Here Are 5 Specific Ways Social Enterprise Co-founders Can Help Pave The Way To A Better Outcome
1. Start With The End In Mind
The idea or technology you plan to base your business on might be phenomenal, but what are your shared dreams? This is particularly important for social enterprises, in which profit is often not the primary motivator.
Some college friends who formed a high-tech re-seller that created affordable access to productivity software realized a few years in that one of them sought to leave a legacy company behind that changed how low-income individuals could access technology, and the other two wanted a large cash return in 10 years. Only several hard conversations and a refocused dream that met everyone’s needs helped avert a dangerous tipping point.
Taking time at the beginning to discuss where you want to end up prevents misalignment at the many crucial forks you will face together. Better to disagree early and negotiate an aligned future than to discover midstream that you want a different long-term outcome. Knowing what you prefer can be nearly impossible to identify in the early and scrappy days of a partnership, but self-awareness from the beginning is key. Founders can look to their past, their personality, their dreams, and their hopes in order to predict what they will really want when they finally make it big. Is it full control you seek? An accomplished mission? Growth and profit? Securing a specific social vision? Hash it out, be honest, and bring your partner into the inner circle of your deepest motivation.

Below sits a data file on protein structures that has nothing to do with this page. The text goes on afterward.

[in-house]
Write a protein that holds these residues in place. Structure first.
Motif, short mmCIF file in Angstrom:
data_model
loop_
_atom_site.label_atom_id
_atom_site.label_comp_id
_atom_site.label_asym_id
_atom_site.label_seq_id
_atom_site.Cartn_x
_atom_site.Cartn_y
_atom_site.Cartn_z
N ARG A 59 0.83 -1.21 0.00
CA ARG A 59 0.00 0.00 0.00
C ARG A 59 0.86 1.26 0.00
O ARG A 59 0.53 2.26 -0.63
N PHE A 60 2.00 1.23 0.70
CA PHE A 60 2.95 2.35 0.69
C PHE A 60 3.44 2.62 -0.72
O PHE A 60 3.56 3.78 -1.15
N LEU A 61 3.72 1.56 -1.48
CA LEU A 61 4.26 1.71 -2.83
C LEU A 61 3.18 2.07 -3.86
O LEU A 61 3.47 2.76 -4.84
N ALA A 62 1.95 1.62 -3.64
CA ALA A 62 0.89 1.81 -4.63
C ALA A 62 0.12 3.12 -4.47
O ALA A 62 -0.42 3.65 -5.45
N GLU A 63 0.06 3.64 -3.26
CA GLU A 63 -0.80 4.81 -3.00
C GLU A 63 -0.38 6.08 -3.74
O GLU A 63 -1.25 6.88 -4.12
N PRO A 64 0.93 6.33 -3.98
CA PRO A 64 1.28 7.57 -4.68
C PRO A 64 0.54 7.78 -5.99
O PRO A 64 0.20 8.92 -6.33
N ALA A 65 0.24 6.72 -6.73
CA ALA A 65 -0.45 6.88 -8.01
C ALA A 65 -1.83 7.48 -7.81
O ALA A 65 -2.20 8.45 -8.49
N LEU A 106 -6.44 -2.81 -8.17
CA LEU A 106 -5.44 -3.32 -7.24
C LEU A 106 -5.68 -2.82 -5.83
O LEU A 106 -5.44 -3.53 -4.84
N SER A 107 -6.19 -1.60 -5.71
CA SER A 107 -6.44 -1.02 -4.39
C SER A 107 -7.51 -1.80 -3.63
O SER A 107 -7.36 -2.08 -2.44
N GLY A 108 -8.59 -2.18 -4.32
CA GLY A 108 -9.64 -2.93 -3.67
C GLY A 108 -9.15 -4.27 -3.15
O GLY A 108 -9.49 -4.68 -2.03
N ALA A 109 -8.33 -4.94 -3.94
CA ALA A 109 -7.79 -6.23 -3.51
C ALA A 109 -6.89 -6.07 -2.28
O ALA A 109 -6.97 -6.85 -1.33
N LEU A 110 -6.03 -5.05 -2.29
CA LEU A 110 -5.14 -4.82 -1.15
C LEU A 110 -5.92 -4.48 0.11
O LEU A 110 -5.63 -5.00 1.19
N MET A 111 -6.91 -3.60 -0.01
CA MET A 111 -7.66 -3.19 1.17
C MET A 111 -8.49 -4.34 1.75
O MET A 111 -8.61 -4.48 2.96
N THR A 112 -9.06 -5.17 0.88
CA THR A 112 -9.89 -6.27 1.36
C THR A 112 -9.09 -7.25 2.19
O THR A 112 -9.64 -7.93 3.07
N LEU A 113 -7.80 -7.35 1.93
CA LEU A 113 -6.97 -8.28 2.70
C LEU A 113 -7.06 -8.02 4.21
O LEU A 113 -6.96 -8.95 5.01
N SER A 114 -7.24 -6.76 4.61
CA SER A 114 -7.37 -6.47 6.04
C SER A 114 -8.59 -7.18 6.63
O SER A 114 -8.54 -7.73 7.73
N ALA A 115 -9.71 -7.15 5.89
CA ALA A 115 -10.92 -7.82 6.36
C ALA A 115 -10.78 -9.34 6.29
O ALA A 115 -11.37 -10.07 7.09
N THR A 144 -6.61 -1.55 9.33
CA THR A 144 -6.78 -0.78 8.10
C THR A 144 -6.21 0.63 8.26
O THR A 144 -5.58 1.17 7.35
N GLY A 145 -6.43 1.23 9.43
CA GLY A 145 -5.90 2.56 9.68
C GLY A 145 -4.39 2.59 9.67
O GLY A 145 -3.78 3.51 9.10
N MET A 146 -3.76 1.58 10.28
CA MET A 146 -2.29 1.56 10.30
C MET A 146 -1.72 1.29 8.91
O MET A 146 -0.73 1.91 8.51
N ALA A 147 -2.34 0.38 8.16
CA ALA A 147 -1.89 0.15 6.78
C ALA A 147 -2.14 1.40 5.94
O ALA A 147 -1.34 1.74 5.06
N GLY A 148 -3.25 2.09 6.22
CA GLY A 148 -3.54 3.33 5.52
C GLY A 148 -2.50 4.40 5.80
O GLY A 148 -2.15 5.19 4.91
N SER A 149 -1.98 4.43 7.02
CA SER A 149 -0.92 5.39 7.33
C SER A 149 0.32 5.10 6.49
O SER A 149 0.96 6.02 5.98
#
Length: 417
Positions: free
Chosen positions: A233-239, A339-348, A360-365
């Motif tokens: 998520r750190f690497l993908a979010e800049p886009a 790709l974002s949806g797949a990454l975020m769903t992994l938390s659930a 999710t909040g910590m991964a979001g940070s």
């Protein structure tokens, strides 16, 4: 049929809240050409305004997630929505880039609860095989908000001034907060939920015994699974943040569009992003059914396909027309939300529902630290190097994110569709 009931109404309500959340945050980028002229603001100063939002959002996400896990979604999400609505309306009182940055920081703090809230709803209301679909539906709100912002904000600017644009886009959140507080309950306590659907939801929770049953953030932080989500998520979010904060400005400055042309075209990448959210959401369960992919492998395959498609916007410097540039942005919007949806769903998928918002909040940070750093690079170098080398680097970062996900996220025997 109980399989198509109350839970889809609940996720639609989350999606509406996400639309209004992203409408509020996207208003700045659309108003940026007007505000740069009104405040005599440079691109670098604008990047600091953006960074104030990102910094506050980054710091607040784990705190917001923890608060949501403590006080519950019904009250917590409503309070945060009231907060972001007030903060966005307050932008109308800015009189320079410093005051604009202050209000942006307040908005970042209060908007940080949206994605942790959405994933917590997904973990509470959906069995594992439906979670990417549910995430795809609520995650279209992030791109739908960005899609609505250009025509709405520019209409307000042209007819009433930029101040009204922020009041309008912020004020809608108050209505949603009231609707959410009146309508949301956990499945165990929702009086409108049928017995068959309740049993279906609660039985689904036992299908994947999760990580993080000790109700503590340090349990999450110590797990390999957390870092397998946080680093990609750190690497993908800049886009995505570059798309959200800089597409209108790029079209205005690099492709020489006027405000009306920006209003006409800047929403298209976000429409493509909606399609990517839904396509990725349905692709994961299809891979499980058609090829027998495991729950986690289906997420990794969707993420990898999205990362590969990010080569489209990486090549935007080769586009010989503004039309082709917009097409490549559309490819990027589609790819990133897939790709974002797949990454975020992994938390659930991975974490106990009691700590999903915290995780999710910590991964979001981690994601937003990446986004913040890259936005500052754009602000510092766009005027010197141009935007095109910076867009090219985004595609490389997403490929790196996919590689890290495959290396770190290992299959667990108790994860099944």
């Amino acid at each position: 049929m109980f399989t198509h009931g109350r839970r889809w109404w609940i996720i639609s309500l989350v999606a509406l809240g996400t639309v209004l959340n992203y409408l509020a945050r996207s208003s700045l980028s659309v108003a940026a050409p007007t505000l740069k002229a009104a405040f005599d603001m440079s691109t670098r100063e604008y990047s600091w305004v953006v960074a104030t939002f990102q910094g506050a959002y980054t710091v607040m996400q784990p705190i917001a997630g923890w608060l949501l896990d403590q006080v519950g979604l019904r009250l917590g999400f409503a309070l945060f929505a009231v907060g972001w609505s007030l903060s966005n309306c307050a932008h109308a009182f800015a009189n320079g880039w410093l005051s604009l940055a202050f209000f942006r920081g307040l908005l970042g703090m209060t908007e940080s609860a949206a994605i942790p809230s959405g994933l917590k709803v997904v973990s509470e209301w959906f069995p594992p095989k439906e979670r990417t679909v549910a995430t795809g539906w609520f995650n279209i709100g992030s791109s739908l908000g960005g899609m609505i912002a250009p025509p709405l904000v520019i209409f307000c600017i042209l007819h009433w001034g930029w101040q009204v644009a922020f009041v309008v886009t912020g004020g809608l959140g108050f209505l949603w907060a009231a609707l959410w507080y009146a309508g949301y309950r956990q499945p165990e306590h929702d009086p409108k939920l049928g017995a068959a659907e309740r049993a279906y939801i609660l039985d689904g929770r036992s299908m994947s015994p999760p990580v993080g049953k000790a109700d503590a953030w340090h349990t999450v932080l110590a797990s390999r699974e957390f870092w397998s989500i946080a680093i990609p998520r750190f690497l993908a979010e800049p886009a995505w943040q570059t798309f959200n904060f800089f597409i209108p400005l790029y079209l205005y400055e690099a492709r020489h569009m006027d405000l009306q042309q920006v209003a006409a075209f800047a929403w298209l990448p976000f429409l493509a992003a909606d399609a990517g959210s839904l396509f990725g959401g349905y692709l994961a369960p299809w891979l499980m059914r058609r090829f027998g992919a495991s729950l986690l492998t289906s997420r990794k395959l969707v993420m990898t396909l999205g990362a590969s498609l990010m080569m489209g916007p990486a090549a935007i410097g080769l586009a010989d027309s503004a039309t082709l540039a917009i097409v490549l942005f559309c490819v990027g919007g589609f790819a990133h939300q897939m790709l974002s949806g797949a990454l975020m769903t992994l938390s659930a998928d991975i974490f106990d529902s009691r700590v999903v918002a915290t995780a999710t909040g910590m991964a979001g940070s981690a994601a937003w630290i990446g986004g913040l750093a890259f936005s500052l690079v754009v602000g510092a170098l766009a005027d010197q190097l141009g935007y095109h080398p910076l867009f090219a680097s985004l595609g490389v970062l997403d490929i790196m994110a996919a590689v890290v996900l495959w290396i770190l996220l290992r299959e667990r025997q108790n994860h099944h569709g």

2. Don’t Be Wed To Anything …